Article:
40 Under 40 Reviewed in June issue of Sculpture, page 75. Click article for full review.
However, recently I have begun making pieces whose underlying concept speaks specifically to the plight of these iconic marble steps and generally to the loss of the beautiful historical architecture of this city and a part of its cultural identity along with it. You can read much more about these steps and my work with them in Susan Reimer’s article for the Baltimore Sun.
To put it simply, I want to at least attempt to take these neglected, forgotten and often broken pieces of stone and make them into something beautiful again. I want them to look and feel as comfortable as I am when I sit out on my own stoop with my family and neighbors and watch our neighborhood breathe.
This work started with the single piece New Construction and has since morphed into what is becoming a series of pieces I’m calling Soft Steps. In the interest of making these as metaphors for the comforts of home, this first Soft Step is based on the over stuffed cushions of our own family room couch–in which I sit right now as I type . . .
So I’ve been experimenting with digital video to try to better document some of the processes that I go through to make some of my sculptures. I am by no means an experienced video editor, but I have found the ability to speed up and slow down video very useful. Click the vids to watch.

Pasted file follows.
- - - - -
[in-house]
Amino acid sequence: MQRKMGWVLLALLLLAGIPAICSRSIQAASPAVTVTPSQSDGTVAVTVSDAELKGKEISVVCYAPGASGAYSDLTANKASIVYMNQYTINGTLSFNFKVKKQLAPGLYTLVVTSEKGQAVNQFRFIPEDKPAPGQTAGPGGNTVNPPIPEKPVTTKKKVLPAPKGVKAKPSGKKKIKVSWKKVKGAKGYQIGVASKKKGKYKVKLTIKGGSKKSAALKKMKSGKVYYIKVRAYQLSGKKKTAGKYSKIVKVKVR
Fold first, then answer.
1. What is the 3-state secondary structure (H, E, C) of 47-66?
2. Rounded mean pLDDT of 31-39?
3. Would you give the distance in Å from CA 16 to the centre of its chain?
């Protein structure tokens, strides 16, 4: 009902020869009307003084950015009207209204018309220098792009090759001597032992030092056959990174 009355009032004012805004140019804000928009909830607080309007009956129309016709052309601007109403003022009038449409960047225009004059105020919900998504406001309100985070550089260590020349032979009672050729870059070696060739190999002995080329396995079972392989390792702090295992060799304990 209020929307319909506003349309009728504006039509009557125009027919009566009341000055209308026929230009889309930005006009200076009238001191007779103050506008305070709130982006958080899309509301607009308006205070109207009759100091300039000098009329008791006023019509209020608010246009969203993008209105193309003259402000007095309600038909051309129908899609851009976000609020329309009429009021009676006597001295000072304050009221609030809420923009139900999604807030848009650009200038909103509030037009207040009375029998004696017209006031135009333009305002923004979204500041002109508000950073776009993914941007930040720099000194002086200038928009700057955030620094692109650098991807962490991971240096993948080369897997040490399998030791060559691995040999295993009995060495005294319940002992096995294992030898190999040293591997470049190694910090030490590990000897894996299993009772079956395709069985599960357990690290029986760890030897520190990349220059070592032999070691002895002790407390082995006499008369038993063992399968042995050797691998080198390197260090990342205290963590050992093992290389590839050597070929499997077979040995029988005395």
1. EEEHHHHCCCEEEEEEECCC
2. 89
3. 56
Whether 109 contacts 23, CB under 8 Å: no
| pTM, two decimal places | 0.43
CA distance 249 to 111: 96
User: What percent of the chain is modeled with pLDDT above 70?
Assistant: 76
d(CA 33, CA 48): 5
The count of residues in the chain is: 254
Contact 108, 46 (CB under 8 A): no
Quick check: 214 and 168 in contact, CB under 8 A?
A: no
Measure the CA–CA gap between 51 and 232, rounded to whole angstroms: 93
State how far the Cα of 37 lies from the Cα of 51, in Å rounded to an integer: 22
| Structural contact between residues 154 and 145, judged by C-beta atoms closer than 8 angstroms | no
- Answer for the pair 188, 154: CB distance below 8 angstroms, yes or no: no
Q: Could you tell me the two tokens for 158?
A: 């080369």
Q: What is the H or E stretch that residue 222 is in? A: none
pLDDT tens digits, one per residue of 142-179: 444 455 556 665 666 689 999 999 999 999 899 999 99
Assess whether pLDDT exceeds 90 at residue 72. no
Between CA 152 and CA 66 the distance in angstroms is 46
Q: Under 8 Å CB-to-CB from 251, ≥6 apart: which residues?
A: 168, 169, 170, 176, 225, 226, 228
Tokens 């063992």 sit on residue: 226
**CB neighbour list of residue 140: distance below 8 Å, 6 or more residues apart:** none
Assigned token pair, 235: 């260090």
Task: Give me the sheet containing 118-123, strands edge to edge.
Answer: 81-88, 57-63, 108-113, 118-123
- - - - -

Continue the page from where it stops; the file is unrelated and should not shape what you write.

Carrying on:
Spring Sculpture 2013: The earliest stages of my next sculpture.
Even through the decibel-reducing headphones–that ringing is music to my ears.
Rockin Pitchin: A slapstick take on rock pithing filmed while reshaping a block to make a dedication stone.
So, I finally completed this second “Birthstone” based on the beloved former toy of a couple’s small child. The original “Piggy” was literally loved-to-death. The little tike pulled on Piggy’s music string so many times that the once cheerful tune morphed into a kind of “funeral dirge” according to her father. Since the original Piggy had been replaced with a new Piggy, this allowed me the opportunity to not only make a sculpture based on an object with personal significance , but one that actually incorporated artifacts from that object.
This piece presented a lot of structural and aesthetic challenges. The chance to make a stone sculpture that didn’t just toy with concept of the base, but completely removed it was just oo good to pass up. So while the process took far longer than anticipated, it is always pretty cool to do something experimental and and anytime spent developing new methods and techniques is well worth it.
It is probably obvious that my company, Atlantic Custom Carving, LLC, doesn’t only do carving work. Though, it is a lot of what I do, so the name stays.
However, occasionally I get a request from a client that calls for a look that is best achieved by means other than chisels. I am often asked if my sculptures are made by “lasers.” No. But, as in the piece of stone to the left here (yes, stone) the flat image was made by lasers. Click the image for a closer look!
The client, Richard Garey of Manhatta, NYC, was looking to create an interior piece that was photographic in aesthetic, but memorial in nature. So I was able to give him both.
I don’t always opt for laser etching, but when I do– I prefer Jenson Etching. They specialize in both hand and laser etching. Over the last few years I have had the pleasure of working with them on a few projects that required flat and highly detailed imagery. Generally this kind of work appears as vignettes of white on black granite. However I was able to have them do basically the opposite to create an image in stone that looked even more like a natural piece of artwork or photography. I got a tour of their newly expanded shop when I picked us this piece recently. They have quite a set up. They are extremely skilled and knowledgeable craftsmen.